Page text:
Ian Moss

The cool uncle of Aussie rock.

The last 50 years has seen the growth and development of the Australian music industry. Once a tiny infant, clutching at the apron strings of American rock, Australian Rock music has broken away and forged its own identity in no uncertain terms, and earned its place as a deserving equal on the world stage.
This is due in no small part to the work ethic of the artists of the late 60s , 70s and 80s, who played live shows anywhere they could, as often as they could , sometimes multiple shows in a day, and seven days a week.
These guys called motel rooms , the back seats of station wagons, and in some cases, the back room at some country hall their home for sometimes years on end. Their blood, sweat and tears helped to forge a sound and a style of no nonsense , loud and aggressive music that is unmistakably Australian.
Bands like Rose Tattoo, AC/DC, Billy Thorpe and The Aztecs , and, a little later, The Angels, INXS and Cold Chisel changed how Australian music was viewed worldwide forever.

I had the privilege of speaking with one of the greats of Aussie rock, and one of the men who was a part of that process, Mr Ian Moss.
As familiar as the vast majority of Australians are with Ian Moss’s music, both as guitarist and sometime vocalist for Cold Chisel, and in his solo career spanning decades, it is amazing to discover how down to earth and unassuming he is to talk to. He’s like that cool uncle that always shows up at the family barbecue with a guitar and a few good jokes.
Very few artists could be said to capture the essence of the Aussie attitude, both in the authenticity of their music, and in their general demeanor more than Ian Moss does.

Born in Alice Springs, Ian was around musicians from an early age.

“I was always keen on music. From around five years old, it started. Dave Liillicut was a close friend of my brother’s, and he played a mean Boogie Woogie piano. He was the one who introduced us to Elvis Presley. My eldest sister learned classical piano, so I got into that for a couple of years. I wish I had kept it up, but unfortunately, I didn’t.
My older brother had an acoustic guitar , and he’d been shuffled off to boarding school in Brisbane, so I started getting lessons on that when I was eleven, so yeah, music was fairly constantly around me at that time.”

“A lot of the music we were discovering was stuff that the local record shop didn’t have. We had to order it in, then wait for it. Sometimes we’d wait weeks for something new.”

“Alice springs , for the size of the place, had a fairly good live music scene. A lot of smaller places back then were mainly country music, but Alice was fairly progressive. “

I enquired as to his love of Fender Stratocasters.

“My first guitar was a Japanese Strat copy. It was cheap. I think it was a Tokai. I played that and my brother’s Maton solid body for a while, then when I moved to Adelaide, I bought a Gibson 335. It was only three hundred bucks at the time. It was made in 1962. I’ve still got it. It’s in a state of disrepair. Like a lot of them, it fell the wrong way and broke the headstock. Its been repaired, but it needs some attention.“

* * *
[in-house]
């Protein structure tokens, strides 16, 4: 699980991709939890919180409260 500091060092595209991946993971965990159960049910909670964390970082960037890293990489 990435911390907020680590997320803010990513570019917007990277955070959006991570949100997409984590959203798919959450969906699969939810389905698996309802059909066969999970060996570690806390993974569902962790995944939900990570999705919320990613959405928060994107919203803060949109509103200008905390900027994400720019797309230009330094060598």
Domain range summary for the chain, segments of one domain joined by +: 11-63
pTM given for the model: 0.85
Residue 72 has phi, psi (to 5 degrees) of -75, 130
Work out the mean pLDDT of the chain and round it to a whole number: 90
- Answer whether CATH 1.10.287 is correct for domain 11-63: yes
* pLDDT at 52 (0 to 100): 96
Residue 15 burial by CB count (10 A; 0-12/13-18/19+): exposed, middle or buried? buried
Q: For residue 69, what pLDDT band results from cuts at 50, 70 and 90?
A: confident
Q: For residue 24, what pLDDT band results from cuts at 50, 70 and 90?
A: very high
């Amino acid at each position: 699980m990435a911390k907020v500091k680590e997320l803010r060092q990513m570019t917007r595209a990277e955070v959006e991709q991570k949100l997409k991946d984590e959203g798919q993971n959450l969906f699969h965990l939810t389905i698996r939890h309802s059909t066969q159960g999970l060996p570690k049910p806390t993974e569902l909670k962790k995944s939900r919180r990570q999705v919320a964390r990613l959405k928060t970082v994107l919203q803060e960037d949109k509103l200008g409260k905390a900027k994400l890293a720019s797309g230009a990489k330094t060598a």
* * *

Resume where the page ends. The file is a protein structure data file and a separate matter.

“For me, though, Blackmore and Hendrix were the main influence. They both play Strats. I bought a 1961 L series strat for 250 bucks in 1977. It was hard to play, but a luthier in Sydney did a number on it, and put some nice fat frets on it, and I never looked back. Made all the difference.”

The late 70’s and early 80’s was the golden era of Aussie rock,and a time where live entertainment , especially original rock, was the foundation of the culture of the time. The radio played local music as much as international acts, Countdown was on the Telly, and there was a live band at every pub on a Friday and Saturday night in even the remote corners of the country. I asked what it was like to have been a part of what is now an era that is the stuff of legend.

“I’m thankful that we came up in the late 70’s, just when the scene was coming alive. A band could play every night back then if they wanted to. The festival scene was amping up back then too. There were a lot of opportunities. If you had a few good songs, and you were keen, it wasn’t all that hard to stay busy. Live music played such a big part in people’s lives. ”

His song “Nullabor Plain “ invoked a sense of nostalgia in me, as I made the crossing in the late 90’s.

“We crossed back in the 70’s with ‘Chisel’. We had an old Falcon hire car, with the standard skinny tires on it, and a lot of the Nullabor was unsealed back then, so we had a lot of flats. A couple of times we had to hitch ahead to get tires repaired, then hitch back.
“I’ve made the trip again since. Its an adventure. The scenery is spectacular.”
Mossy is no stranger to Cairns either. He has been frequenting the city for decades, and has some ties with the locals.
Local musician, Wayne McIntosh is a friend of Ian’s, and they are known to take a tinny out and catch a fish or 2 (or none, as any keen fisherman will tell you, is quite often the case) and exchange musical ideas as well.
“Its a good time of year to visit Cairns. You don’t really have a winter up there, but at least it’s a bit cooler this time of year.”
The show at The Tanks Art Centre is a solo show, featuring songs from the newly re-released “Rivers run dry” album, as well as some of Cold Chisel’s classic numbers, the staples like ‘Tucker’s Daughter’, ‘Telephone booth’ and some stuff we haven’t heard yet, as there is some new material in the works.
If you’re a fan of Australian music, this show is a must see.

Ian Moss will be performing at The Tanks Art Centre on Saturday June 1st

Tickets are available through TicketLink.

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